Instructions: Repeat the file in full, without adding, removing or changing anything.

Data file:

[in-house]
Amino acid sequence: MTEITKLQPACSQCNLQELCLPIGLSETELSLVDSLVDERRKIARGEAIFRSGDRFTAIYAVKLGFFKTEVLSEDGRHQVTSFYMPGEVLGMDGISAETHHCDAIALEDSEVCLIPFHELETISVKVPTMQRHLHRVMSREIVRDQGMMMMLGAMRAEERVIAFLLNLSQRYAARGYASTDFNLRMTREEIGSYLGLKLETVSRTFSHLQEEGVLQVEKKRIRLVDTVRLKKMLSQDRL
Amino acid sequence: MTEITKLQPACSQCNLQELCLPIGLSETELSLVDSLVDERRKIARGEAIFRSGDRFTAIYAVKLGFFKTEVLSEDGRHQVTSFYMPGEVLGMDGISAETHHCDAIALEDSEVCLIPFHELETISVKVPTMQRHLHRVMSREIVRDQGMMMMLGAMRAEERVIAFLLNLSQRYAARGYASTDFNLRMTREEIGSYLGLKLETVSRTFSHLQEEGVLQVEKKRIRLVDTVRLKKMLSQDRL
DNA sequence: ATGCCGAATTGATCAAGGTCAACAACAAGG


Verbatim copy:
[in-house]
Amino acid sequence: MTEITKLQPACSQCNLQELCLPIGLSETELSLVDSLVDERRKIARGEAIFRSGDRFTAIYAVKLGFFKTEVLSEDGRHQVTSFYMPGEVLGMDGISAETHHCDAIALEDSEVCLIPFHELETISVKVPTMQRHLHRVMSREIVRDQGMMMMLGAMRAEERVIAFLLNLSQRYAARGYASTDFNLRMTREEIGSYLGLKLETVSRTFSHLQEEGVLQVEKKRIRLVDTVRLKKMLSQDRL
Amino acid sequence: MTEITKLQPACSQCNLQELCLPIGLSETELSLVDSLVDERRKIARGEAIFRSGDRFTAIYAVKLGFFKTEVLSEDGRHQVTSFYMPGEVLGMDGISAETHHCDAIALEDSEVCLIPFHELETISVKVPTMQRHLHRVMSREIVRDQGMMMMLGAMRAEERVIAFLLNLSQRYAARGYASTDFNLRMTREEIGSYLGLKLETVSRTFSHLQEEGVLQVEKKRIRLVDTVRLKKMLSQDRL
DNA sequence: ATGCCGAATTGATCAAGGTCAACAACAAGG